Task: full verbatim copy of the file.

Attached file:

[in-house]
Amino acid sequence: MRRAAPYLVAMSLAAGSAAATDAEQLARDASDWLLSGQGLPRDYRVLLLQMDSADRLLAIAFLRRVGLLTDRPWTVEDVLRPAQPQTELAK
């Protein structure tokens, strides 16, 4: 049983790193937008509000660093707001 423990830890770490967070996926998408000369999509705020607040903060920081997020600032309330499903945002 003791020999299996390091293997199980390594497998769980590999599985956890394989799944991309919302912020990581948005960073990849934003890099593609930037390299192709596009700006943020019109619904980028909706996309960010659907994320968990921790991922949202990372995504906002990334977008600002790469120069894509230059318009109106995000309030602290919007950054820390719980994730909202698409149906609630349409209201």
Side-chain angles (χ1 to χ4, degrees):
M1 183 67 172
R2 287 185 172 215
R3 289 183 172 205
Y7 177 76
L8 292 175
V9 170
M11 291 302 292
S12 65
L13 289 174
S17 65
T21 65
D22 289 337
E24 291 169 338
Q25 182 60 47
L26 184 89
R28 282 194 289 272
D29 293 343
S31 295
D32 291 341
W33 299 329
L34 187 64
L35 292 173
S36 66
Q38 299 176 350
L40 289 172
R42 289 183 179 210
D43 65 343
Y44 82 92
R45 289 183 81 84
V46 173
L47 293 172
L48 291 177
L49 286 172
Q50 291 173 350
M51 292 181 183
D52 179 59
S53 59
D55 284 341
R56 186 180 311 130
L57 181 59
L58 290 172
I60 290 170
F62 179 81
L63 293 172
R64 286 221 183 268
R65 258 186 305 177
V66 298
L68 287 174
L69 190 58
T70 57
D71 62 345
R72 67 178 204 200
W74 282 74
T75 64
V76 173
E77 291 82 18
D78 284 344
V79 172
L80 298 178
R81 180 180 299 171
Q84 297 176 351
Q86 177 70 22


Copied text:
[in-house]
Amino acid sequence: MRRAAPYLVAMSLAAGSAAATDAEQLARDASDWLLSGQGLPRDYRVLLLQMDSADRLLAIAFLRRVGLLTDRPWTVEDVLRPAQPQTELAK
């Protein structure tokens, strides 16, 4: 049983790193937008509000660093707001 423990830890770490967070996926998408000369999509705020607040903060920081997020600032309330499903945002 003791020999299996390091293997199980390594497998769980590999599985956890394989799944991309919302912020990581948005960073990849934003890099593609930037390299192709596009700006943020019109619904980028909706996309960010659907994320968990921790991922949202990372995504906002990334977008600002790469120069894509230059318009109106995000309030602290919007950054820390719980994730909202698409149906609630349409209201």
Side-chain angles (χ1 to χ4, degrees):
M1 183 67 172
R2 287 185 172 215
R3 289 183 172 205
Y7 177 76
L8 292 175
V9 170
M11 291 302 292
S12 65
L13 289 174
S17 65
T21 65
D22 289 337
E24 291 169 338
Q25 182 60 47
L26 184 89
R28 282 194 289 272
D29 293 343
S31 295
D32 291 341
W33 299 329
L34 187 64
L35 292 173
S36 66
Q38 299 176 350
L40 289 172
R42 289 183 179 210
D43 65 343
Y44 82 92
R45 289 183 81 84
V46 173
L47 293 172
L48 291 177
L49 286 172
Q50 291 173 350
M51 292 181 183
D52 179 59
S53 59
D55 284 341
R56 186 180 311 130
L57 181 59
L58 290 172
I60 290 170
F62 179 81
L63 293 172
R64 286 221 183 268
R65 258 186 305 177
V66 298
L68 287 174
L69 190 58
T70 57
D71 62 345
R72 67 178 204 200
W74 282 74
T75 64
V76 173
E77 291 82 18
D78 284 344
V79 172
L80 298 178
R81 180 180 299 171
Q84 297 176 351
Q86 177 70 22